All administrators changes, whether local or remtoe, are logged in the firwalls Configuration and System logs. Time logged in is logged, and any configuration changes that are made

Firewall Authentication of non-local users

Before an external authentication service can be used, an authentication profile requires to be created on the firewall. The authentication profile contains information to authenticate an administrator account against an external authentication service once one of the services servers can be reached.

An authentication sequence is a method where a firewall can contact multiple services to authenticate an account. A specified list of authentication profiles can be created by adding them to the optional authentication sequence on a firewall.

If created, specify the sequence instead of the profile on the user account on the firewall

An authentication profile uses a server profile, which is used to locate the external authentication services servers. A server profile can be configured a list of external authentication servers

Step one:

Authenticate non-local password

Step two:

Read optional authentication sequence

Step three:

Go to first/next Authentication profile

Step Four:

Has a server profile been found?

If No:

Login has failed, check if they’re is another authentication profile and go to Step three

If Yes:

Was an account found?

If No:

If there is anoither authentication profile, go to step three

If Yes:

Check the password authentication

Server Profiles

Devices -> Server Profiles

Server profiles define connections that the firewall can make to external servers for the purposes of authentication.

These types of external servers could be Kerberos, LDAP, RADIUS, SAML, or TACACS+ servers

Server profiles are required to validate login information for accounts that were not locally created on the firewall

Authentication Profiles

Devices -> Authentication Profiles

The authentication profile specifies what server profile and settings are used to authenticate the administrator account. An authentication profile is specified when an administrator account is created where the name and password are maintained on an external service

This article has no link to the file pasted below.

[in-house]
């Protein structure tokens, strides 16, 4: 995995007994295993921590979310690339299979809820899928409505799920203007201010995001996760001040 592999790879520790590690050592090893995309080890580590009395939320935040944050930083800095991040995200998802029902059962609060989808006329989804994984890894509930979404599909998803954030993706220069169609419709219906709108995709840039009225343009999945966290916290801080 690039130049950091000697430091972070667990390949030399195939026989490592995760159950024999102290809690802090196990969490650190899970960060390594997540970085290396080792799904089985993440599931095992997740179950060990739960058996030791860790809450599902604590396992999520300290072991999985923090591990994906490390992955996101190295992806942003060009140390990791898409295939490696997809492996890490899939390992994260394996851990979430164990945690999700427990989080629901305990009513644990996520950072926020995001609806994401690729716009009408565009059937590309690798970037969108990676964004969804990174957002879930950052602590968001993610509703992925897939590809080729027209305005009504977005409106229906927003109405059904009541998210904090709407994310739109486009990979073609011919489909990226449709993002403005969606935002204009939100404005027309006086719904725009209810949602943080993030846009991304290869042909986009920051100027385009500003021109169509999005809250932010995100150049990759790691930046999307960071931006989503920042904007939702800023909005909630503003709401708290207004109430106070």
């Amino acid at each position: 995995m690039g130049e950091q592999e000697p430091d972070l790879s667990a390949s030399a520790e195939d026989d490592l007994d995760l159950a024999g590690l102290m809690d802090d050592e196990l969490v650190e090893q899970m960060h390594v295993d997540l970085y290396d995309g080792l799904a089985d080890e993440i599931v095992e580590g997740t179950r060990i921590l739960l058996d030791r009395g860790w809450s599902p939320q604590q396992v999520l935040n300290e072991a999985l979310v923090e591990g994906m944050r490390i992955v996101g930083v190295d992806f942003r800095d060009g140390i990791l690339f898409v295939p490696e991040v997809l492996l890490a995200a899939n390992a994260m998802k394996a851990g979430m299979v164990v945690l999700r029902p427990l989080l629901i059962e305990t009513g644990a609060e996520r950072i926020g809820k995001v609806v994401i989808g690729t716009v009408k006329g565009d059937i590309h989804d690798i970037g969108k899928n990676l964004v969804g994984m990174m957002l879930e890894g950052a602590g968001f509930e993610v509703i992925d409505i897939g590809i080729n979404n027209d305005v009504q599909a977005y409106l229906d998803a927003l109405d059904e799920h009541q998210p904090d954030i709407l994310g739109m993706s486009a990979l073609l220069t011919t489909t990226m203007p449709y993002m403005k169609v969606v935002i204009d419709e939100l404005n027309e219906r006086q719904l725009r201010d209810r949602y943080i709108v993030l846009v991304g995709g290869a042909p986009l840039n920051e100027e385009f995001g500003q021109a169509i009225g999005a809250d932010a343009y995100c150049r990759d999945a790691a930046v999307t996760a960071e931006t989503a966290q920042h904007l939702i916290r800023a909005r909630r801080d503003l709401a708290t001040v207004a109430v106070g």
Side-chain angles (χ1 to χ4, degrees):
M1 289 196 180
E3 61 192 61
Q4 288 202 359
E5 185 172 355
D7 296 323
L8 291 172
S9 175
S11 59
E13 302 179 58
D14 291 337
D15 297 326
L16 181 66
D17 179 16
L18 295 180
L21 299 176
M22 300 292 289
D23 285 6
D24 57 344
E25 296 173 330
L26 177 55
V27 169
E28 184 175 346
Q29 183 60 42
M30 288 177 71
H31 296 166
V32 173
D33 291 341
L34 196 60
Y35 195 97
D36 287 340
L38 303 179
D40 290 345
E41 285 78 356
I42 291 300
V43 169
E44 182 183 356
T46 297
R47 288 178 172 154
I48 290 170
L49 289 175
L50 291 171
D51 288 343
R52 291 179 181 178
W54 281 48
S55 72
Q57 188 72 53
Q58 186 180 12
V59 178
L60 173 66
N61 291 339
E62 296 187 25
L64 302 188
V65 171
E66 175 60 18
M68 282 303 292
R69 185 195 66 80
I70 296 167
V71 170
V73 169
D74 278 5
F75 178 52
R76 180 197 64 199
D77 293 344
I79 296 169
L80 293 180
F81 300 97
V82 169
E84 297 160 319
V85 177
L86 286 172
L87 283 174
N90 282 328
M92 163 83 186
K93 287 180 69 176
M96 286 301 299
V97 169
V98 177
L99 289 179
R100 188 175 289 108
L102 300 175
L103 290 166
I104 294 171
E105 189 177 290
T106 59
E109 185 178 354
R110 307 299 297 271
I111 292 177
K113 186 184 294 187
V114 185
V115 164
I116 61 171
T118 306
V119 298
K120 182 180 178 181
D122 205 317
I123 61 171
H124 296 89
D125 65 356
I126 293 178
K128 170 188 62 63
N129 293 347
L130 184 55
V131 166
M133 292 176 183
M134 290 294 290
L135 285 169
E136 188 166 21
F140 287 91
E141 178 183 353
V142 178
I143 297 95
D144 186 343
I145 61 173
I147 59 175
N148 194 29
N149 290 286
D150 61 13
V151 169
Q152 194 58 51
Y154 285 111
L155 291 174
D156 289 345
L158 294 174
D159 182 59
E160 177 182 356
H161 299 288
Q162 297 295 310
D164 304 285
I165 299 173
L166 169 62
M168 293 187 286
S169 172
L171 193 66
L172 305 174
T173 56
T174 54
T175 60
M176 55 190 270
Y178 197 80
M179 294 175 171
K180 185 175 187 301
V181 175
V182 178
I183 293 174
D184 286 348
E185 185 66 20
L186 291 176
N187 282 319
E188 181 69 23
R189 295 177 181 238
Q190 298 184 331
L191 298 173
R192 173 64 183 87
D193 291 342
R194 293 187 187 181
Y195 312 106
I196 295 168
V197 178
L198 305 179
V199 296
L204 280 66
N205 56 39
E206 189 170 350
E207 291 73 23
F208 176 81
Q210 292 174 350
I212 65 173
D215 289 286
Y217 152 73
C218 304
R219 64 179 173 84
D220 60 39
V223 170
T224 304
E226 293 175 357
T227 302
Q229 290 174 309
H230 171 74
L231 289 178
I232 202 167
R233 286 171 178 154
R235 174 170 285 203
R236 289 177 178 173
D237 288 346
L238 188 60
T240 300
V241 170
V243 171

Authentication Sequence

An optional configuration if multiple external services have been defined.

The list is created with a list of Authentication Profiles that are in order of most preferred to least preferred, that should be checked to authenticate an administrator account.

Each one in the list is checked until one profile succesfully authenticates the user.

If a local database is preseent in the list, the firewall checks that one first regardless of where in the order it comes

Authentication only fails once all profiles fail the query of the login information

Categories
EDU-110 Study Palo Alto

EDU-110: Security Operating Platform and Architecture

Objectives:

Describe the characteristics of the Security Operating Platform

Describe the differences between single-pass architecture and parallel processing

Describe the Zero Trust security model and how it relates to traffic moving through the network

Cyber Attack Lifecycle

  • Reconnaissance
    • Attackers carefully plan their attacks: They identify and select targets, research them. Using phishing tatics or data mining from a social media platform or company website. Company networks are scanned on this stage to look for vulnerabilities, services, and applications that can be exploited.
  • Weaponisation
    • Attackers determine the methods that will be used to deliver the malicious payloads to achieve their objective. The malicious payload could be present in an website, or specially crafted packages to attract the victim.
  • Delivery
    • The attackers may also choose to e-mail a PDF or word document.
  • Exploitation
    • The attacker now deploys the exploit against the vulnerabler application or system. Using the exploit kit or weaponised document. The deployment of this explot gives the attacker an initial entry point into the targeted network.
  • Installation
    • With initial access, attackers will try to establish a escalated privileges to gain control of the system. This will also allow the attacker to try gain a perisistent entry point into the network for future access.
  • Command and Control
    • The attackers establish a command channel back to a specific attacker control server, to allow communication back and forth between their own infrastricture and the infected devices
  • Act on the objective
    • The attacker has a persistent ongoing connection into the network. They can now act upon their motivations to try achieve their goal. Motivations could be data exfiltration, destruction of critical infrastructure or defacing web property.